Hello and welcome to my blog where I share my photos and experiences from my travels to the African bush and other wild places.

Wednesday, May 16, 2012


The last light in Amboseli National Park created a dramatic sunset and perfect backdrop to a herd of elephants returning home after the day's foraging in the marshlands. It is hard not to enjoy every minute spent in this jewel of the African parks. It is a great place to enjoy watching the African elephant as they are scattered all over the plains at the foot of the iconic Mount Kilimanjaro. This evening will be remembered however for my frantic search of a decent photo in anticipation of an approaching dramatic sunset. I was driving along a road that the elephants usually cross on their way home from the plains. I could see a gap in the clouds on the horizon where the last rays of sunlight would peep through and I knew it would be spectacular. I was missing a foreground subject however. Every few meters there were elephant paths crossing the road but there were no elephants in sight. The sun started to light up the clouds in a beautiful red color when my luck turned and I saw a herd of elephants approaching the road a few hundred meters ahead of me. They were in a hurry and I made it just in time to get my photograph of them with the sunset backdrop.

Elephants on fire
Amboseli National Park, Kenya
Canon 5D Mark II | 70-200mmf/2.8 | 1/200 sec at f/5.6, ISO 400

Monday, May 14, 2012


The fog belt that stretches across the red dunes of the Namibian coastline hides many secrets. This 5 km wide strip off the coast has its own unique climate with morning and evening fog and hosts some unusual creatures: Sidewinders (Peringuey's Adder), FitzSimon's Burrowing Skink, Namaqua Chameleon, Swift Sand-diving Lizard and the Web-footed Gecko (Palmato Gecko) to name but a few. In April 2011 I set out on a photographic mission, to experience and photograph the wonders of the Namibian desert. After discovering the landscape spectacles of the Namibrand and Sossusvlei dunes, I ended up at the town of Swakopmund looking for the little critters I've heard so much about before.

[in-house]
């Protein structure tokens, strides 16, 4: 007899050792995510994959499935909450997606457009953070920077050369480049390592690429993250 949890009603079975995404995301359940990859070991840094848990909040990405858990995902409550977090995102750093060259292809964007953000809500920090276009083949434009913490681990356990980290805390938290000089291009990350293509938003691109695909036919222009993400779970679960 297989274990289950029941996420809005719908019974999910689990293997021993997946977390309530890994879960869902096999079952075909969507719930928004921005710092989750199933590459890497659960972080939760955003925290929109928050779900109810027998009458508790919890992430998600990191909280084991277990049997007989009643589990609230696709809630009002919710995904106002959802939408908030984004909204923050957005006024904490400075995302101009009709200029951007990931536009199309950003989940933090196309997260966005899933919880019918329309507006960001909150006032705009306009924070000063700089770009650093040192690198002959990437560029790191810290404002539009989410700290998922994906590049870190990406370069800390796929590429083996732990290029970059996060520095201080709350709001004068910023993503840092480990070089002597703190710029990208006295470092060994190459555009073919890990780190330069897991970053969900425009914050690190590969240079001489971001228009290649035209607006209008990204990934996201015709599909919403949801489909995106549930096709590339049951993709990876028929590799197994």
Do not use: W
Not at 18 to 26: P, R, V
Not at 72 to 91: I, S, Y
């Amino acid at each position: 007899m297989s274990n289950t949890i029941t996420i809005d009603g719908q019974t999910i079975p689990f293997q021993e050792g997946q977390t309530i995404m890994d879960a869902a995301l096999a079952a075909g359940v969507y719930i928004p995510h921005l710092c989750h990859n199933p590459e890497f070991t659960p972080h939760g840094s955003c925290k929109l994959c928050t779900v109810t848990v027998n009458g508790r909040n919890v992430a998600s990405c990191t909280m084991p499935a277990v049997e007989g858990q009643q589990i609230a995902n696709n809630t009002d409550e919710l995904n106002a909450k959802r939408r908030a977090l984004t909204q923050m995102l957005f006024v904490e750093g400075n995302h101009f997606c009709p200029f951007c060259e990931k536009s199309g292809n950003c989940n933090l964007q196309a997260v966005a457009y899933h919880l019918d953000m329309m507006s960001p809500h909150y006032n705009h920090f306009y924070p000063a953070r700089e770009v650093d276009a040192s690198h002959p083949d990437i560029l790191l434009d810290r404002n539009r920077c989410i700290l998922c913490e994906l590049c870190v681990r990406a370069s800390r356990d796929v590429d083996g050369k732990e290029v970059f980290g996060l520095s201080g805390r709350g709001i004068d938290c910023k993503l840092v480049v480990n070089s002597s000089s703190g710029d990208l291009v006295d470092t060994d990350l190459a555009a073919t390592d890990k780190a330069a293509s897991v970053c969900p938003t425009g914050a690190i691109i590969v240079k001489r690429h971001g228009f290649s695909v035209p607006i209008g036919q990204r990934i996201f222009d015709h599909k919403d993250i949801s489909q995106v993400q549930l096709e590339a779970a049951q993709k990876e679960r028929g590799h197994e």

Gecko in the dunes
Swakopmund, Namibia
Canon 1Ds Mark III | Sigma 15mm | 1/80 sec at f/11, ISO 800

With the help of a local guide we spent 4 days driving along the dunes and finding everything from scorpions, sidewinders, gecko's, chameleons and beetles. One of my photographic objectives was to capture the essence of the web-footed gecko. I was inspired by photographs of this little critter I've seen from Heinrich van den Berg. The geckos name originates from the web between their toes and is now known as the "palmato gecko". I still prefer "web-footed gecko". They are nocturnal with a beautiful light pink and blue translucent skin. Sunlight would kill them instantly so in the daytime they hide in the sand, about two feet under the surface. Early in the morning you still find them out on the dunes hunting for prey when there is fog. This usually only clears by 9am in the summer months. When they encounter any threat, like humans, their only defense is to run away.

I had a specific shot in mind. One where the gecko has a striking curved posture but where it also shows the environment they occur in. This required ultra wide angle portrait shots. I was faced with two problems: The fist is that the web-footed gecko is surprisingly small, only about 4cm long. This meant that if I wanted the gecko to appear large in my frame using an ultra wide lens, I had to get extremely close to it. All of my ultra wide lenses, the Canon 16-35mmf/2.8, Canon 10-22mmf/3.5 and the Nikon 14-24mmf/2.8 have a minimum focus distance that is too far, at around 25 millimeters. If I had the gecko in focus at the minimum focus distance it would result in it being too small in the frame. The solution was borrowing the Sigma 15mm fish-eye lens from a friend, with a minimum focus distance of a mere 15 millimeters. That is such a great lens and a pity it is not made anymore. Finding one second hand is almost impossible.

The second problem I was faced with was that I had to find a gecko specimen willing to be photographed at such a short distance, in the right location for the perfect backdrop, and with the perfectly curved posture. The answer to this was, of course, four days of trekking geckos across the dunes, multiple shots, multiple angles and cleaning a lot of sand grains off my equipment until I got the perfect shot that I had envisaged. There are many things I believe can be improved about this photograph, and I believe it's important never to feel too complacent about your results, but the four days of fun trying to capture the perfect frame was the prize for me.

This image won the April leg of a major South African wildlife photographic competition.